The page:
High-speed Internet is a vital way to apply for jobs, communicate with current and future employers, take classes, stay informed about our community, and learn about the world.

An awful lot of people cannot use the Internet at home in our community. This makes the continued availability of terminals at our libraries so important. This is especially important for households with children, who increasingly need broadband to complete assignments. The Internet also offers so many opportunities to explore the world that children in broadband-less homes will not be able to access as easily. It’s also concerning that so many people are only relying on smartphones, which are more limited in capabilities, for Internet access.

The survey doesn’t ask why people don’t have broadband at home. It’s possible they don’t value high-speed Internet, but I’m guessing it’s more likely they can’t afford it.

 

Join Me on October 26

 

The Women’s Foundation of the Genesee Valley helps poor women and children succeed. The group gives grants to programs proven to help them get on their feet – and stay on their feet. Please consider walking with me on October 26 and/or making a small donation!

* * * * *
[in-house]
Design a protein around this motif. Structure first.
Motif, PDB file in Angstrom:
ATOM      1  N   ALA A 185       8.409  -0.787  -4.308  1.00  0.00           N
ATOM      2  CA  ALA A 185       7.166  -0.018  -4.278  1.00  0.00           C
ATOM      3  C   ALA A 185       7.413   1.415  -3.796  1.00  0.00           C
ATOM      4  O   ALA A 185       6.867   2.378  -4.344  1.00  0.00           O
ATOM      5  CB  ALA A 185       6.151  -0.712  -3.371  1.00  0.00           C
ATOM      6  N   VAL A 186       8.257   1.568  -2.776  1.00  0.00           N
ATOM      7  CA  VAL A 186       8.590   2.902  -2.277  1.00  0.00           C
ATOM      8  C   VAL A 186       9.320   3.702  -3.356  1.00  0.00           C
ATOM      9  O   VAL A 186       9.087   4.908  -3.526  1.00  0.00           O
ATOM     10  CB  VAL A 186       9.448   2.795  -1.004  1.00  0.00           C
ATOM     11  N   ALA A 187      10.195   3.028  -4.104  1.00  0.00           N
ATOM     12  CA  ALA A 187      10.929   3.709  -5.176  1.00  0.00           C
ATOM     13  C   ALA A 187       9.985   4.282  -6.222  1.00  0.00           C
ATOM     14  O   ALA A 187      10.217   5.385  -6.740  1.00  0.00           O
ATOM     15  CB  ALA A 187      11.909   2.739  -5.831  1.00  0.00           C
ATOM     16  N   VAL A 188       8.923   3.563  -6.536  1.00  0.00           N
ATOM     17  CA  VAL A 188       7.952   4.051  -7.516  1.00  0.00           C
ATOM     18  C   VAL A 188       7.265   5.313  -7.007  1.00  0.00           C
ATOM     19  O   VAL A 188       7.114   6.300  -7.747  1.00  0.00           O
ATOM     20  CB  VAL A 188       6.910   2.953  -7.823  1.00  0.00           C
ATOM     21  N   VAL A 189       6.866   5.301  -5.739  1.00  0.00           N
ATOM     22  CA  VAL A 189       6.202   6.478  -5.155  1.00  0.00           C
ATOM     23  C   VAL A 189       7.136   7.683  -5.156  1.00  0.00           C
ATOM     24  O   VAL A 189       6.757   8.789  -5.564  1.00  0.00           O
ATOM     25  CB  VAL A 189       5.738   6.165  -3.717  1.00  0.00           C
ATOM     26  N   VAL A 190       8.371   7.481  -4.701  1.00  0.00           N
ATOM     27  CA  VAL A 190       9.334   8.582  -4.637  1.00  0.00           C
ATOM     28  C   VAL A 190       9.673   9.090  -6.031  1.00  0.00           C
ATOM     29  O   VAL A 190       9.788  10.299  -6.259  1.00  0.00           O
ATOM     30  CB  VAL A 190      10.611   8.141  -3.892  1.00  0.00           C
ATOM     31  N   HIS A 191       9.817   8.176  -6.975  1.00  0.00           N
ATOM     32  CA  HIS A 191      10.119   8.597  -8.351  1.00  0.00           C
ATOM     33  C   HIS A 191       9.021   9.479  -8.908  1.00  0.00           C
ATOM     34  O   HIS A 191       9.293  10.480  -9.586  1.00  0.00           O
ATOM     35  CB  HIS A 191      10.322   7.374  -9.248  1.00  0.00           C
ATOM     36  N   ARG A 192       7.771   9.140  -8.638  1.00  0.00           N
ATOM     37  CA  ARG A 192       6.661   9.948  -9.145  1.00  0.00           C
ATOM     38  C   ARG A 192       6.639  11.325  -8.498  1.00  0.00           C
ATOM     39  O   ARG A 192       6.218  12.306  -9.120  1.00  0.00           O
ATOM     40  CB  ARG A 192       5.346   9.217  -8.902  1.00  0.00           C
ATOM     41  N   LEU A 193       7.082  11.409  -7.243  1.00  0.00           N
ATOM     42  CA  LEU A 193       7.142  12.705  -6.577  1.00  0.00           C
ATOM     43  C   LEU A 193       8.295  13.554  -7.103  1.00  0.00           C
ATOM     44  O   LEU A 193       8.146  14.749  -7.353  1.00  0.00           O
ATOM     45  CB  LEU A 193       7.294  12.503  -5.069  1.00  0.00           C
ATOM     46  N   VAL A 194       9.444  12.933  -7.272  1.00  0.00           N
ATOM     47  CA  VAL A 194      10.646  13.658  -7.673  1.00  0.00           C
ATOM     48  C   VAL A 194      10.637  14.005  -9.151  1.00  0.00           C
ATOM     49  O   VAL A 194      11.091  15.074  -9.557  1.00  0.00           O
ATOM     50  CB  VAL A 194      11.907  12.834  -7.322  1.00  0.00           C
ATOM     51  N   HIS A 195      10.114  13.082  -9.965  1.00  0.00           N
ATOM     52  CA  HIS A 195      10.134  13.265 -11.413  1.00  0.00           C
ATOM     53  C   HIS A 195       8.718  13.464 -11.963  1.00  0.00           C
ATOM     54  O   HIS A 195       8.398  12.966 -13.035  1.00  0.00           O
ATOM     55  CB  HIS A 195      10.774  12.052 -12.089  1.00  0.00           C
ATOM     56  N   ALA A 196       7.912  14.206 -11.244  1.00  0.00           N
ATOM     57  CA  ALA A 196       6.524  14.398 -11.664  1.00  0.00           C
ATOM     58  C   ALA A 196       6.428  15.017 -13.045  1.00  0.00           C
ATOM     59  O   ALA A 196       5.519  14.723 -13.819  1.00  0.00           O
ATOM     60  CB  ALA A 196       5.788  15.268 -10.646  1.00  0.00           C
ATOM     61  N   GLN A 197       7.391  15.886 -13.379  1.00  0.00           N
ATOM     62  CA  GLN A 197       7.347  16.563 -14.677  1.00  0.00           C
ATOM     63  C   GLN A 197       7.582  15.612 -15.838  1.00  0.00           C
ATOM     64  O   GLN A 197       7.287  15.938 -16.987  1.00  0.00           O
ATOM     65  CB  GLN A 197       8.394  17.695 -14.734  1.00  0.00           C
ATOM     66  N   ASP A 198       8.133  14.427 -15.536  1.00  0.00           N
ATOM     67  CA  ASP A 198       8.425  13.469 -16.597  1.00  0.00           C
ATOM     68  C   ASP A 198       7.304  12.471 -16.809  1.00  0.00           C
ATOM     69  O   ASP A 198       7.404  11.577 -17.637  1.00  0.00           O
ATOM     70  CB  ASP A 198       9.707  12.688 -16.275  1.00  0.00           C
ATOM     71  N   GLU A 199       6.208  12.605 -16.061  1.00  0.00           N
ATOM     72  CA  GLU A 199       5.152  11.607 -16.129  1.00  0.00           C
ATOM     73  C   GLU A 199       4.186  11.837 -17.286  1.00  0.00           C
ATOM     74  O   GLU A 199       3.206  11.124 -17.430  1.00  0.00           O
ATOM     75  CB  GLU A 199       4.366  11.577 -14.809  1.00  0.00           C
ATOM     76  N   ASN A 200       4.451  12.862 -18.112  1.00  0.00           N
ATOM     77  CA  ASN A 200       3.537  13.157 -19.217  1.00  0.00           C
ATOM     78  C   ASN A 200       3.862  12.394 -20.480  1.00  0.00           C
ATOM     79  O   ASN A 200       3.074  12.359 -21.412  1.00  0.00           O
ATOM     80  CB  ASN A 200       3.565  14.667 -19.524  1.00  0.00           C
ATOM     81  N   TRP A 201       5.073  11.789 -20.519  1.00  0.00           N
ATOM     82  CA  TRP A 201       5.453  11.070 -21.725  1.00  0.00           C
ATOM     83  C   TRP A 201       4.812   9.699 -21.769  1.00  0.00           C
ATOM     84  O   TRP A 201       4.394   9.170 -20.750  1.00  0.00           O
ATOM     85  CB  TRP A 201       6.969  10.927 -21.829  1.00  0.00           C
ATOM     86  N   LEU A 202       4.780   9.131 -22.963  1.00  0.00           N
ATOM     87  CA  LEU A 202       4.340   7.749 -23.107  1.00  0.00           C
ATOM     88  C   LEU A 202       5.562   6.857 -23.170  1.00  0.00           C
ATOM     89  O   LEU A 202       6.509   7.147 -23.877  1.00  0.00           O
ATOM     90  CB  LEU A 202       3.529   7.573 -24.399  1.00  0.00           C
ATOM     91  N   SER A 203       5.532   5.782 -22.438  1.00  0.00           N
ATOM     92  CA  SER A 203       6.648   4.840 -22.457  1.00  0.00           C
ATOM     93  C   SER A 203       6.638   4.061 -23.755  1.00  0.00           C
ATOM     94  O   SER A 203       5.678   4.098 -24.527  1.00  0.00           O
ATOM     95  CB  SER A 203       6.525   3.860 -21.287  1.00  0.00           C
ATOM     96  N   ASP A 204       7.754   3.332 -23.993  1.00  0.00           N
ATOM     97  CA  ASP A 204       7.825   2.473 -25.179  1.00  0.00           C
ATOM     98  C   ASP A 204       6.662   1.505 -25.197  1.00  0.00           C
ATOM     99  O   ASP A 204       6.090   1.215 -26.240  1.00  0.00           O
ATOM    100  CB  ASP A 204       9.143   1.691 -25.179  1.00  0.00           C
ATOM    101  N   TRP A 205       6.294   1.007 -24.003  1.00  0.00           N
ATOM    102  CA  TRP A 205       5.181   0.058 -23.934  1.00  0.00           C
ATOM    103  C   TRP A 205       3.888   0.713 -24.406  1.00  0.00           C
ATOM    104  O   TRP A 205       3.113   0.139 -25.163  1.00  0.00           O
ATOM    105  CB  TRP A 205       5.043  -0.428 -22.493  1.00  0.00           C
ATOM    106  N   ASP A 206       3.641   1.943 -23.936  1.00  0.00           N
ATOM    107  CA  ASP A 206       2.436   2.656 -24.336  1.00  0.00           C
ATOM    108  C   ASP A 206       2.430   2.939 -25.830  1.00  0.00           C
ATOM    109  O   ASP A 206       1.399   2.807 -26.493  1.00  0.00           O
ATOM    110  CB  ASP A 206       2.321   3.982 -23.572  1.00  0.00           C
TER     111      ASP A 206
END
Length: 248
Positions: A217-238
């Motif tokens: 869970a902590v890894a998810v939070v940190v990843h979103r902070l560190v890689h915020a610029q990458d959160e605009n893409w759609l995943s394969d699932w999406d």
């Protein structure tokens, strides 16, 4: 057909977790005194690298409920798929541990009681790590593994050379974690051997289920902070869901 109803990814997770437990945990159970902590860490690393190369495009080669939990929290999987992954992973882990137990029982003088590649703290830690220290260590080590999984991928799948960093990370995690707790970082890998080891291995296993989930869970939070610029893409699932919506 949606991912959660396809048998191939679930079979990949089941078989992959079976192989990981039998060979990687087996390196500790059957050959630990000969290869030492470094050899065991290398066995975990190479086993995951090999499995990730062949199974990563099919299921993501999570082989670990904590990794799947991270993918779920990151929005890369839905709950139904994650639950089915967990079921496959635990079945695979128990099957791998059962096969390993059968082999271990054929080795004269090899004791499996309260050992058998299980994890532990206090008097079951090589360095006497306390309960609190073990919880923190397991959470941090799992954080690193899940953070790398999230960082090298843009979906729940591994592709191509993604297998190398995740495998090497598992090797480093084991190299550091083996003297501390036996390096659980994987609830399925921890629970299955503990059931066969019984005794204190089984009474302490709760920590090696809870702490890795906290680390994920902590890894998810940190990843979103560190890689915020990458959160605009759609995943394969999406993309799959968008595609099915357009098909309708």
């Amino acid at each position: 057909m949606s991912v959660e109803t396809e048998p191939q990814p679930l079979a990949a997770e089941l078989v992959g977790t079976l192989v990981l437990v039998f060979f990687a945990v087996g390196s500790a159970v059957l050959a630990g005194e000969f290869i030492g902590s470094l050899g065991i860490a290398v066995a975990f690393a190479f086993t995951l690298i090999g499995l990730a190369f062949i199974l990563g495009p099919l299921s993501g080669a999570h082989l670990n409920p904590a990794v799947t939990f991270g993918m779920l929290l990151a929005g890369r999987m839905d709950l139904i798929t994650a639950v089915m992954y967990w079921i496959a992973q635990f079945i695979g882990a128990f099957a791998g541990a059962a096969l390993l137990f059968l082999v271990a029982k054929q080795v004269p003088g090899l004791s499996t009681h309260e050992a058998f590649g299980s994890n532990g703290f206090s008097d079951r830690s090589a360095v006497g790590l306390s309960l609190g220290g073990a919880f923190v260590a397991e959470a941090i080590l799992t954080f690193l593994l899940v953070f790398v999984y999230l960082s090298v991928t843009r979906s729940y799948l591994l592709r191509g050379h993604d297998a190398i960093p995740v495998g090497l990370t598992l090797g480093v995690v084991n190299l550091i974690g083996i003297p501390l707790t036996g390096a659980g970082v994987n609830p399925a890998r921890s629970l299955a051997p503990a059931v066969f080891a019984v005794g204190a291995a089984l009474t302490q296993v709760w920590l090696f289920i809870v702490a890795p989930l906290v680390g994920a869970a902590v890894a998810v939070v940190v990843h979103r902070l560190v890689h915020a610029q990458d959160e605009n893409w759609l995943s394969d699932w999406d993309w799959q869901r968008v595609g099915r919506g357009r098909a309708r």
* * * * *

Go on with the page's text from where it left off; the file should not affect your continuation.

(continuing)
Links of the Day:

 

– Downstate superintendents call on the state to scrap the horribly flawed teacher evaluation system.

– A former NFL ball boy describes a very violent sport, but concludes the only change needed is more emotional support for players.

– A couple spent $7,000 on a run-down 19th Ward house and completed a remarkable transformation.

– On this National Coming Out Day, I’m so proud of my cousin for being open and passionate about her transgender child.

– This article makes kid-carpooling sound like absolute hell.

The brunch backlash.

Remembering Jimmy the Chimp.